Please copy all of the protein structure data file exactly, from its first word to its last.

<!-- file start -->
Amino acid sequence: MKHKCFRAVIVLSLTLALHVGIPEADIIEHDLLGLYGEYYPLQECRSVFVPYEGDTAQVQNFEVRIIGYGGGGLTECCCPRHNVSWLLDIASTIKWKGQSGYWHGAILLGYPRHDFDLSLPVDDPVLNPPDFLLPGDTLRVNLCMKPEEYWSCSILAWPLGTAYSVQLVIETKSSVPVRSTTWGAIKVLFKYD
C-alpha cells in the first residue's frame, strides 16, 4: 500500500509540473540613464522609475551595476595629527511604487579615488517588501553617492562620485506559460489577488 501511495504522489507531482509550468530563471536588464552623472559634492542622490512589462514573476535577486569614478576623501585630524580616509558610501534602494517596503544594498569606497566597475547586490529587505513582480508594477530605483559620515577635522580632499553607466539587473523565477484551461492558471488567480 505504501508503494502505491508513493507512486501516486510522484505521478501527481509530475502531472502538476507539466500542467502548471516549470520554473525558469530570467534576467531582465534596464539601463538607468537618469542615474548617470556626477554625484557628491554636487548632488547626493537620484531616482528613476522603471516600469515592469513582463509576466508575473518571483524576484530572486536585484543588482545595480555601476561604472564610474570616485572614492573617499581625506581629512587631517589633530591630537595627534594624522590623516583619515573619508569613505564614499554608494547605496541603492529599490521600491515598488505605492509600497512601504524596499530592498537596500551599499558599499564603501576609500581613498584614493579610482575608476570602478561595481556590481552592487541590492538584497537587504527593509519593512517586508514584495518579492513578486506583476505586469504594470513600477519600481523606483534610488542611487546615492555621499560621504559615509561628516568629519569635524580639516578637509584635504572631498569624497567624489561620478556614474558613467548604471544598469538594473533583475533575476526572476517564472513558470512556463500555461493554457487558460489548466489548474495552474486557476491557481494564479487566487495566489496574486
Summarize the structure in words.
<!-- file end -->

Amino acid sequence: MKHKCFRAVIVLSLTLALHVGIPEADIIEHDLLGLYGEYYPLQECRSVFVPYEGDTAQVQNFEVRIIGYGGGGLTECCCPRHNVSWLLDIASTIKWKGQSGYWHGAILLGYPRHDFDLSLPVDDPVLNPPDFLLPGDTLRVNLCMKPEEYWSCSILAWPLGTAYSVQLVIETKSSVPVRSTTWGAIKVLFKYD
C-alpha cells in the first residue's frame, strides 16, 4: 500500500509540473540613464522609475551595476595629527511604487579615488517588501553617492562620485506559460489577488 501511495504522489507531482509550468530563471536588464552623472559634492542622490512589462514573476535577486569614478576623501585630524580616509558610501534602494517596503544594498569606497566597475547586490529587505513582480508594477530605483559620515577635522580632499553607466539587473523565477484551461492558471488567480 505504501508503494502505491508513493507512486501516486510522484505521478501527481509530475502531472502538476507539466500542467502548471516549470520554473525558469530570467534576467531582465534596464539601463538607468537618469542615474548617470556626477554625484557628491554636487548632488547626493537620484531616482528613476522603471516600469515592469513582463509576466508575473518571483524576484530572486536585484543588482545595480555601476561604472564610474570616485572614492573617499581625506581629512587631517589633530591630537595627534594624522590623516583619515573619508569613505564614499554608494547605496541603492529599490521600491515598488505605492509600497512601504524596499530592498537596500551599499558599499564603501576609500581613498584614493579610482575608476570602478561595481556590481552592487541590492538584497537587504527593509519593512517586508514584495518579492513578486506583476505586469504594470513600477519600481523606483534610488542611487546615492555621499560621504559615509561628516568629519569635524580639516578637509584635504572631498569624497567624489561620478556614474558613467548604471544598469538594473533583475533575476526572476517564472513558470512556463500555461493554457487558460489548466489548474495552474486557476491557481494564479487566487495566489496574486
Summarize the structure in words.